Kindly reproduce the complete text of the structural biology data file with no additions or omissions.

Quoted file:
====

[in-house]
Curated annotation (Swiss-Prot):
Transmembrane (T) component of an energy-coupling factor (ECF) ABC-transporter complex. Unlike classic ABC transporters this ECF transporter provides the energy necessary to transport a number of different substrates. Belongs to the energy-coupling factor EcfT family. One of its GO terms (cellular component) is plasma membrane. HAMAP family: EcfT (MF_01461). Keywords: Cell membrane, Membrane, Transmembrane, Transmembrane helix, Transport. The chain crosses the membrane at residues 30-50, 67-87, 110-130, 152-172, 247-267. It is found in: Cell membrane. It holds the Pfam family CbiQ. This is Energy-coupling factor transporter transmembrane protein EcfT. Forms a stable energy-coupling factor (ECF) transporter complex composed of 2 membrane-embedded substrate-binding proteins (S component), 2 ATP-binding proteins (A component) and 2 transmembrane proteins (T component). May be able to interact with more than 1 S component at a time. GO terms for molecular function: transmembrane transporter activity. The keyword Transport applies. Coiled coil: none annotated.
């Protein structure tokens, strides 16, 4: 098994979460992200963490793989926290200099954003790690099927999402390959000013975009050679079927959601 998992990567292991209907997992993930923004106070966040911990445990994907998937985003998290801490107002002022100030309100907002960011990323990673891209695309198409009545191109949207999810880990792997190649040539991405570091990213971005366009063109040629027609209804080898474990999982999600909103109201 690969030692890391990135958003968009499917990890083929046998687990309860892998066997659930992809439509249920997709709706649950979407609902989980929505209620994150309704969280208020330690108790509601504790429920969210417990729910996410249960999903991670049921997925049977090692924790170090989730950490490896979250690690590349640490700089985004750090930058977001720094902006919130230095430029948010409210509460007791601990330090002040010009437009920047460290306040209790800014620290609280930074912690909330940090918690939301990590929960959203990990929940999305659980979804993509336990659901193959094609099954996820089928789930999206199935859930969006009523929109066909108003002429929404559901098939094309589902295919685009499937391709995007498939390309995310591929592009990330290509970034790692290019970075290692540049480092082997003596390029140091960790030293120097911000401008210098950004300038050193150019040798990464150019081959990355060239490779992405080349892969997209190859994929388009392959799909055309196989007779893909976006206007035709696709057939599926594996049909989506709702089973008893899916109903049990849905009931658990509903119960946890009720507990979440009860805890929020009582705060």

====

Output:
[in-house]
Curated annotation (Swiss-Prot):
Transmembrane (T) component of an energy-coupling factor (ECF) ABC-transporter complex. Unlike classic ABC transporters this ECF transporter provides the energy necessary to transport a number of different substrates. Belongs to the energy-coupling factor EcfT family. One of its GO terms (cellular component) is plasma membrane. HAMAP family: EcfT (MF_01461). Keywords: Cell membrane, Membrane, Transmembrane, Transmembrane helix, Transport. The chain crosses the membrane at residues 30-50, 67-87, 110-130, 152-172, 247-267. It is found in: Cell membrane. It holds the Pfam family CbiQ. This is Energy-coupling factor transporter transmembrane protein EcfT. Forms a stable energy-coupling factor (ECF) transporter complex composed of 2 membrane-embedded substrate-binding proteins (S component), 2 ATP-binding proteins (A component) and 2 transmembrane proteins (T component). May be able to interact with more than 1 S component at a time. GO terms for molecular function: transmembrane transporter activity. The keyword Transport applies. Coiled coil: none annotated.
């Protein structure tokens, strides 16, 4: 098994979460992200963490793989926290200099954003790690099927999402390959000013975009050679079927959601 998992990567292991209907997992993930923004106070966040911990445990994907998937985003998290801490107002002022100030309100907002960011990323990673891209695309198409009545191109949207999810880990792997190649040539991405570091990213971005366009063109040629027609209804080898474990999982999600909103109201 690969030692890391990135958003968009499917990890083929046998687990309860892998066997659930992809439509249920997709709706649950979407609902989980929505209620994150309704969280208020330690108790509601504790429920969210417990729910996410249960999903991670049921997925049977090692924790170090989730950490490896979250690690590349640490700089985004750090930058977001720094902006919130230095430029948010409210509460007791601990330090002040010009437009920047460290306040209790800014620290609280930074912690909330940090918690939301990590929960959203990990929940999305659980979804993509336990659901193959094609099954996820089928789930999206199935859930969006009523929109066909108003002429929404559901098939094309589902295919685009499937391709995007498939390309995310591929592009990330290509970034790692290019970075290692540049480092082997003596390029140091960790030293120097911000401008210098950004300038050193150019040798990464150019081959990355060239490779992405080349892969997209190859994929388009392959799909055309196989007779893909976006206007035709696709057939599926594996049909989506709702089973008893899916109903049990849905009931658990509903119960946890009720507990979440009860805890929020009582705060």